Skin softening?

Hi All,

Do y’all use PhotoLab for skin softening? If so, what’s your technique?

  • Jon
1 Like

YES.
Fine contrast with negative value.

And then
https://www.dxo.com/project/developing-your-portrait-photos-with-dxo-photo-suite-part-1/

Pascal

1 Like

I’ve had good luck with negative values for the microcontrast slider. I believe that the tutorial link you posted suggests using microcontrast rather then fine contrast.

Mark

1 Like

YES because this tutorial is expected for PhotoLab only.
But, fine contrast (FilmPack functionality) is better quality.

Pascal

2 Likes

I find the “Portrait” Preset is a good starting point

Mark, one can play with negative microcontrast and fine contrast. I find that I use more negative fine contrast than negative microcontrast when trying to soften a portrait (usually the portrait of any woman over the age of twenty one benefits from a bit of softness, hence the popularity of the Canon EF 135mm f2 among portrait photographers and models, it’s both sharp and soft at the same time).

When I found these sliders in PhotoLab I laughed out loud. All these wretches hawking glamour plugins and filters when the whole mystery is right here in these two sliders.

1 Like

Agree. Those two tools, plus the repair tool to remove blemishes, do an admirable job and is a much simpler solution than a lot of other software.

For me though, I often want to pinpoint the facial edits without impacting anything else. At those times I use local adjustments to do things like soften skin, brighten eyes, lighten ruddy complexions, brighten or darken hair, etc. While there is a micro contrast slider in local adjustments, there is currently no fine contrast slider. I would love to see one added at a future date. I also find that the blur slider in local adjustments if carefully used with a small setting of 1 or 2, and a slight reduction in sharpness can also be useful when softening skin depending on the image.

Mark

2 Likes

Hm. No way to use control points with microcontrast and fine contrast? I guess not everything came over from NX2. You could selectively apply almost anything in that software…

  • Jon

Alas, you are once again mistaken, Jon. There’s local adjustments for that. It looks like you need to read @Pieloe’s manual. Local adjustments include sharpness and microcontrast (not fine contrast).

Jon and Mark @mwsilvers

Are you sure both contrast in Local Adjustments are essential ?
By considering the DPL job, you can see that it brings to the images.
DPL isn’t the same software as NX or Lr.

Pascal

I actually never said having both microcontrast and fine contrast in local adjustments is essential. All I said was that I would love to see the inclusion of fine contrast to local adjustments at a future date. It would give all of us additional control over local adjustments, but it’s certainly not critical and I could easily live without it.

Mark

2 Likes

Hi JonSF,
Did you get this softening thing worked out? Seems as if some of the later replies were going another direction, not completely off track, but we know how it goes. I will put my 2-cents worth in if that’s Ok. Being a fairly new convert from Adobe universe, I have gotten good results using the unsharp mask and the Noise filter (gausian), depending on the circumstances. I get to play with octagenarian style photos, and those wrinkles don’t flatter them at all. I don’t want to take all of it out as that is even less realistic or flattering. DXO has two types of noise filters and an unsharp mask. Unsharp will do some good by broadening the radius, pulling the intensity down and then fiddle with the threshold. The offset won’t do much in this case but play with it and see what you find out. The plain noise filter is the one I play with most. Not Prime - which I believe only works on RAW format. If you do not want to affect the entire photo, then go to local adjustments, slap a U-point up where you want it and on the bottom row of sliders, there is Sharpen and Blur. Blur will sure as heck remove the wrinkles! How about the entire face if you want. And let’s not forget about the contrast and micro contrast on the top row of sliders. But the main thing is to do a mental assessment of the noise or grain, skin texture and play around to see what does the trick for you in whatever the job at hand calls for. Oh, and have fun at it! Cheers!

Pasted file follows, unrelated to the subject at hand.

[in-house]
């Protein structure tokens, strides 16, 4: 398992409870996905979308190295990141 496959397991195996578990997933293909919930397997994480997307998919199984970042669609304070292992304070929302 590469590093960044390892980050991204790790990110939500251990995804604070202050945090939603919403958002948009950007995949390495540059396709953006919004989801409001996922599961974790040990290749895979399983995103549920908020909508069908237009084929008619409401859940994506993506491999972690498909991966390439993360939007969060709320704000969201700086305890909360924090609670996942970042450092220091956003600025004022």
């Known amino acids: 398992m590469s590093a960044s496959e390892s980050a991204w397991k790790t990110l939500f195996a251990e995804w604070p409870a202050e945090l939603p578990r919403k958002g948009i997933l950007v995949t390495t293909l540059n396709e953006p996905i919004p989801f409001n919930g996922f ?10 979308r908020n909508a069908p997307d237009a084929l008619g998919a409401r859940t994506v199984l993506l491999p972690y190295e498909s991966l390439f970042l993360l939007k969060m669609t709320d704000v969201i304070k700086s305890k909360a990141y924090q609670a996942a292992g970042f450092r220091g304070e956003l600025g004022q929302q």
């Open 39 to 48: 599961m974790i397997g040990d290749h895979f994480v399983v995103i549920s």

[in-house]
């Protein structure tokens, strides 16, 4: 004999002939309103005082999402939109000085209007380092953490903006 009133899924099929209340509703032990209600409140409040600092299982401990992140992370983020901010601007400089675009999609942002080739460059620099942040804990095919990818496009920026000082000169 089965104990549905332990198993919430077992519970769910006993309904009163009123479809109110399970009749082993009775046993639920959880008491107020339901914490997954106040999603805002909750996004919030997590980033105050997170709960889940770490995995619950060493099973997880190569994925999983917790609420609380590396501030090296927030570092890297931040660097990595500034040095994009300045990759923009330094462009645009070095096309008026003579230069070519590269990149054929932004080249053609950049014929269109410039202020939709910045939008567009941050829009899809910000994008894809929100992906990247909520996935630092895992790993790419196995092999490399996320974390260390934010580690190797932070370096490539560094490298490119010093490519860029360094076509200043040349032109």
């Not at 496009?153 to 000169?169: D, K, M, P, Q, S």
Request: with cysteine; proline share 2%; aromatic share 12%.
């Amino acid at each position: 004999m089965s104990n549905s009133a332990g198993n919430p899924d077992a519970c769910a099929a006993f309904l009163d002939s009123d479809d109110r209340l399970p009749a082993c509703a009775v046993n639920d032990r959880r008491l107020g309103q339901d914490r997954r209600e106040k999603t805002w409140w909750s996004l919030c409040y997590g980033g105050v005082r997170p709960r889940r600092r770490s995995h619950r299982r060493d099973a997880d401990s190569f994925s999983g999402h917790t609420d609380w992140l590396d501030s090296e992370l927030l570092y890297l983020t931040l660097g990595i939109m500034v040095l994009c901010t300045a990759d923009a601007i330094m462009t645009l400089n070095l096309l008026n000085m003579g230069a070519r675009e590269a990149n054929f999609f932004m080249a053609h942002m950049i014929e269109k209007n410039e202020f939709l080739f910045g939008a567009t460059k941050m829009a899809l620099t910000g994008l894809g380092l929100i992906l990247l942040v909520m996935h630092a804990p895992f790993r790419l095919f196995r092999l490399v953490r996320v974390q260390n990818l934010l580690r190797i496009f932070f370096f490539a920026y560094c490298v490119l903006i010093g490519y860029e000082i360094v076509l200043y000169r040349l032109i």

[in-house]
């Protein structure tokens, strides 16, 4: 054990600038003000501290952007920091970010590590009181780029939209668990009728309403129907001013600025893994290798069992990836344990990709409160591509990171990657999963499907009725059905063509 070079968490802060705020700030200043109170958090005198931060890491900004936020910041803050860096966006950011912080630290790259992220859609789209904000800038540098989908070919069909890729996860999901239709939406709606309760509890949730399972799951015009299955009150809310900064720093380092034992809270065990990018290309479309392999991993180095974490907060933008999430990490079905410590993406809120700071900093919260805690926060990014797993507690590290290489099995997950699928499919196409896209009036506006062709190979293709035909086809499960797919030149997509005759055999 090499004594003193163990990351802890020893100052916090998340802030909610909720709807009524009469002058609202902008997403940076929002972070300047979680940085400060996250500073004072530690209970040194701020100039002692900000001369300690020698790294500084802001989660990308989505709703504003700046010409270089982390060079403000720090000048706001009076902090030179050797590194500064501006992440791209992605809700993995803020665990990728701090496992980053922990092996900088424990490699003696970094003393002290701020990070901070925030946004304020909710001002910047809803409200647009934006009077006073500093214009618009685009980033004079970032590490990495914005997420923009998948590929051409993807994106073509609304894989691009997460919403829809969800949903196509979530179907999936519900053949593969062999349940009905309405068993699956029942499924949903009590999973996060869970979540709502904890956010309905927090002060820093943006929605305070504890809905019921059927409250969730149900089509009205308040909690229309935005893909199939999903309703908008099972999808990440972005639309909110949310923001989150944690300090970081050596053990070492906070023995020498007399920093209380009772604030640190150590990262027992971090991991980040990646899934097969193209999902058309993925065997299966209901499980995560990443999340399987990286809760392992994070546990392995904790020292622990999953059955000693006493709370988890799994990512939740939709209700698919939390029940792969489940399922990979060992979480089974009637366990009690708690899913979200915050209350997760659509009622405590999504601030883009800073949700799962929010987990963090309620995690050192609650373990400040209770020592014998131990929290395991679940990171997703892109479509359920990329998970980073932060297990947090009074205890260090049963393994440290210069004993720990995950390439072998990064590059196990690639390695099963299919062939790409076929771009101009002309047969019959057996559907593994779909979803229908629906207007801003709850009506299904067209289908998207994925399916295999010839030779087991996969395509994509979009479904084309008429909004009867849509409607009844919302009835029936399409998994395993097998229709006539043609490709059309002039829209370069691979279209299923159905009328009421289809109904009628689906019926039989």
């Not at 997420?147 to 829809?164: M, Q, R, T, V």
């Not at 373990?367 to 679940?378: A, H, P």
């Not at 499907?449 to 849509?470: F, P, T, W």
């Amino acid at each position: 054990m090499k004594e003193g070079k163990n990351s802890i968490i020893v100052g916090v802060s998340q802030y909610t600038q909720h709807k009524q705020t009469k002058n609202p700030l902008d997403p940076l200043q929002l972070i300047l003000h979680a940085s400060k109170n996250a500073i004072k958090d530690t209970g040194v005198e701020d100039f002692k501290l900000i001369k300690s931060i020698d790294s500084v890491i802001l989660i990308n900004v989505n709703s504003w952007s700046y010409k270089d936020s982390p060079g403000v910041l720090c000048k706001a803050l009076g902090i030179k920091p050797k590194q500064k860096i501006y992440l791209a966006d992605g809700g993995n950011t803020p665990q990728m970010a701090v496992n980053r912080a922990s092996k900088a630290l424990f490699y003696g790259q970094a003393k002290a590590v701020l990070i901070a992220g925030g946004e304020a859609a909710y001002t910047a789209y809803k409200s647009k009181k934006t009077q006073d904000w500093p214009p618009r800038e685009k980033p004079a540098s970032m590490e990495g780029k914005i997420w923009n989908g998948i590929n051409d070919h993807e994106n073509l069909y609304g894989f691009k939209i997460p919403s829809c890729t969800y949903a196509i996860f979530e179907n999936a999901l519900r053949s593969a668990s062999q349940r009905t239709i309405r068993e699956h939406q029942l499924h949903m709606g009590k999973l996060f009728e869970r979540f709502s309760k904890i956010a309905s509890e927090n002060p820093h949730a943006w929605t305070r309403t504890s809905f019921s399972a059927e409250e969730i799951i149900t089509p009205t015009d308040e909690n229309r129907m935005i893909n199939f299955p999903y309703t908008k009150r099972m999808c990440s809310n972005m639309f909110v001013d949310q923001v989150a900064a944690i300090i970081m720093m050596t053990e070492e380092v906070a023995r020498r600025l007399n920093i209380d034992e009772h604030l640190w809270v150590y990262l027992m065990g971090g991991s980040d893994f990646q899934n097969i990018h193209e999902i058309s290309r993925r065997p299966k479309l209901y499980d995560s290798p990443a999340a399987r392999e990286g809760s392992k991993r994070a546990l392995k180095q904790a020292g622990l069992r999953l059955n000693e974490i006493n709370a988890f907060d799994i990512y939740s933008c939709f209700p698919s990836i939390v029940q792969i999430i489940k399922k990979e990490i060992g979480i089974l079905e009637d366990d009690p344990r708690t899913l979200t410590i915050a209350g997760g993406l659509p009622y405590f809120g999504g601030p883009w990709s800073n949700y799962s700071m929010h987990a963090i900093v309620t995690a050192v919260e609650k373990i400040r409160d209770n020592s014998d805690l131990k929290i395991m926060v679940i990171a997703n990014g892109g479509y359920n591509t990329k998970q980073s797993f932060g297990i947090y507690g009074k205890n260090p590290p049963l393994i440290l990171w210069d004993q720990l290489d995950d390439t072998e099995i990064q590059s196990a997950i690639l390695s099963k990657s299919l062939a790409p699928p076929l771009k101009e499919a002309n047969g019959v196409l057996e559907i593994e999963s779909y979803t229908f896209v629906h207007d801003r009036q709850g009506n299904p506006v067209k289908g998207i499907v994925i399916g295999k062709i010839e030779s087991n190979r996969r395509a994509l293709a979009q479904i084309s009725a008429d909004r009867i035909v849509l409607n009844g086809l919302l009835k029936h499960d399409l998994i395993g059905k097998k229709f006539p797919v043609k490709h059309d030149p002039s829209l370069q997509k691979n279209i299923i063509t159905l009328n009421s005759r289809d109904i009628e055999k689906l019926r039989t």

I agree. In an earlier post in this thread I said:

“I often want to pinpoint the facial edits without impacting anything else. At those times I use local adjustments to do things like soften skin, brighten eyes, lighten ruddy complexions, brighten or darken hair, etc. While there is a micro contrast slider in local adjustments, there is currently no fine contrast slider. I would love to see one added at a future date. I also find that the blur slider in local adjustments if carefully used with a small setting of 1 or 2, and a slight reduction in sharpness can also be useful when softening skin depending on the image.”

Mark

1 Like

Ahh! I did not see that sir! Sorry about that. And I thought I read them all! Oh, darn, today is not my day to do the thinking! :grin: And tomorrow is Monday so you can forget that day too! It is great to read all these things. I actually find answers for things I never thought to ask. Take care. Cheers!

You have a good day as well.

Mark